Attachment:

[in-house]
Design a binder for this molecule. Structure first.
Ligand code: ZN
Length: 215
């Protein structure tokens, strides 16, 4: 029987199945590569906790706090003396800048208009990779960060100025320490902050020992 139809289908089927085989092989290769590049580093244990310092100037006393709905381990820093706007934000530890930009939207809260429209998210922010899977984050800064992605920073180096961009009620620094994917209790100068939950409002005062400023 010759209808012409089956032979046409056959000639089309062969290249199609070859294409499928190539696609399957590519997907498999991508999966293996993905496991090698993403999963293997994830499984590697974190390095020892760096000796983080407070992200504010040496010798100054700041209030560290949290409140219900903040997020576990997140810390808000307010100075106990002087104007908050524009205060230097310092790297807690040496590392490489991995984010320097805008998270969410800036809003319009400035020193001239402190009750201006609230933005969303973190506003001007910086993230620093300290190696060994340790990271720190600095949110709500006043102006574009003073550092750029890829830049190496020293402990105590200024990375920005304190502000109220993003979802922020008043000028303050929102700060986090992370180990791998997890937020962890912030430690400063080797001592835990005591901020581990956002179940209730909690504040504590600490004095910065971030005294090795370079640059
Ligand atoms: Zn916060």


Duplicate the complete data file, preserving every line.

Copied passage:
[in-house]
Design a binder for this molecule. Structure first.
Ligand code: ZN
Length: 215
């Protein structure tokens, strides 16, 4: 029987199945590569906790706090003396800048208009990779960060100025320490902050020992 139809289908089927085989092989290769590049580093244990310092100037006393709905381990820093706007934000530890930009939207809260429209998210922010899977984050800064992605920073180096961009009620620094994917209790100068939950409002005062400023 010759209808012409089956032979046409056959000639089309062969290249199609070859294409499928190539696609399957590519997907498999991508999966293996993905496991090698993403999963293997994830499984590697974190390095020892760096000796983080407070992200504010040496010798100054700041209030560290949290409140219900903040997020576990997140810390808000307010100075106990002087104007908050524009205060230097310092790297807690040496590392490489991995984010320097805008998270969410800036809003319009400035020193001239402190009750201006609230933005969303973190506003001007910086993230620093300290190696060994340790990271720190600095949110709500006043102006574009003073550092750029890829830049190496020293402990105590200024990375920005304190502000109220993003979802922020008043000028303050929102700060986090992370180990791998997890937020962890912030430690400063080797001592835990005591901020581990956002179940209730909690504040504590600490004095910065971030005294090795370079640059
Ligand atoms: Zn916060």